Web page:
Jane used a false name and visa at the time she entered the U.S. but later married David, a United States Citizen. During the adjustment of status interview, Jane admitted to the prior misrepresentation. The case was continued for further review and the interviewing officer requested that an Application for Waiver of Inadmissibility Grounds (Form I-601) be submitted.
601 Waivers are applications for forgiveness for previous immigration violations, such as using a false name on a visa or passport and are required when an alien is seeking entry. There are many other common immigration violations that form the grounds of inadmissibility such as unauthorized employment by an alien; entry without inspection; failure to attend removal proceeding without reasonable cause; fraudulent or willful misrepresentation of a material fact to procure a visa or other benefits, etc.
However, there are only two categories of persons eligible for 601 Waivers: 1) Spouse of a Lawful Permanent Resident or United States Citizen or 2) Son and/or Daughter of a LPR or USC. Moreover, a 601-Waiver is available only to those who can show that his/her denial of LPR status would result in "extreme hardship" to the USC/LPR spouse or parent. Mere separation from a family member, financial difficulties, loss of employment, cultural adjustment, inability to maintain one's standard of living, or to pursue a chose profession, in and of themselves, may not constitute extreme hardship. One must show that the qualifying relative would suffer extreme hardship over and above the normal economic and social disruptions involved in the removal of a family member.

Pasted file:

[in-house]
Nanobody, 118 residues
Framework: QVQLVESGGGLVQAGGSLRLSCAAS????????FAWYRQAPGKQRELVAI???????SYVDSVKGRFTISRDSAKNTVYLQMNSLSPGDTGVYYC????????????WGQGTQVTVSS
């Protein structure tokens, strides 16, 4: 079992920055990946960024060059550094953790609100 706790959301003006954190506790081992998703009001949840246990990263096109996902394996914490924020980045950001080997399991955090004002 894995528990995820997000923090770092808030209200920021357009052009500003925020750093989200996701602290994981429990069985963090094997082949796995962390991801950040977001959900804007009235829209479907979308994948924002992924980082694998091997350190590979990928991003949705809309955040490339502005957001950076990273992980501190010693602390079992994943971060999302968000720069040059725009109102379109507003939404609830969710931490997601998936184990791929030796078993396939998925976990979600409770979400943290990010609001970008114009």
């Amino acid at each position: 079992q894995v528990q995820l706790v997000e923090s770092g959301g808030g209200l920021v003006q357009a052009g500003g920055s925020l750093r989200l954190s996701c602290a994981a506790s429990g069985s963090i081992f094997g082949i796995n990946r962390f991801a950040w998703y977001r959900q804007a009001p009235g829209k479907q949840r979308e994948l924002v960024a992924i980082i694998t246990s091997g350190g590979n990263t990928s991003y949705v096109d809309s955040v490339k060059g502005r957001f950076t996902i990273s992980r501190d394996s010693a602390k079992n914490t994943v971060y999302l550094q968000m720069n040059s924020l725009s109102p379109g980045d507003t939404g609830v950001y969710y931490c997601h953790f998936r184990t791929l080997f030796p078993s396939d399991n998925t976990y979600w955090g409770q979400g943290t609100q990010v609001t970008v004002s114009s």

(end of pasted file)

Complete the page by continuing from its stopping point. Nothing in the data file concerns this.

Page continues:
In this case, Jane is the sole caretaker for her medically disabled husband David who has been diagnosed with Spinal Stinosis, a crippling arthritic condition that progressively gets worse with bone degeneration and ligament damage. He is currently unemployed as a result of this medical condition and the physician diagnosed him as being "totally disabled" which renders him unable to perform or return to his regular work. David would have to persuade the U.S. Citizenship and Immigration Services that denial of the Waiver Request would result in extreme hardship to him.
When filing an I-601 Waiver, certain evidence must be included to support the claim such as medical reports if the waiver is based on health conditions of a USC/LPR. In this case, copies of the Physician's Notes and Medical Records are essential as well as a statement from David detailing why the denial of Jane's application would result in "extreme hardship" to him. Other evidence may include financial statements, letters indicating good moral character, and any other evidence that may indicate traits of a law-abiding citizen.
If you think you may qualify for an I-601 Waiver, we encourage you to seek proper legal advice from an attorney with such experience.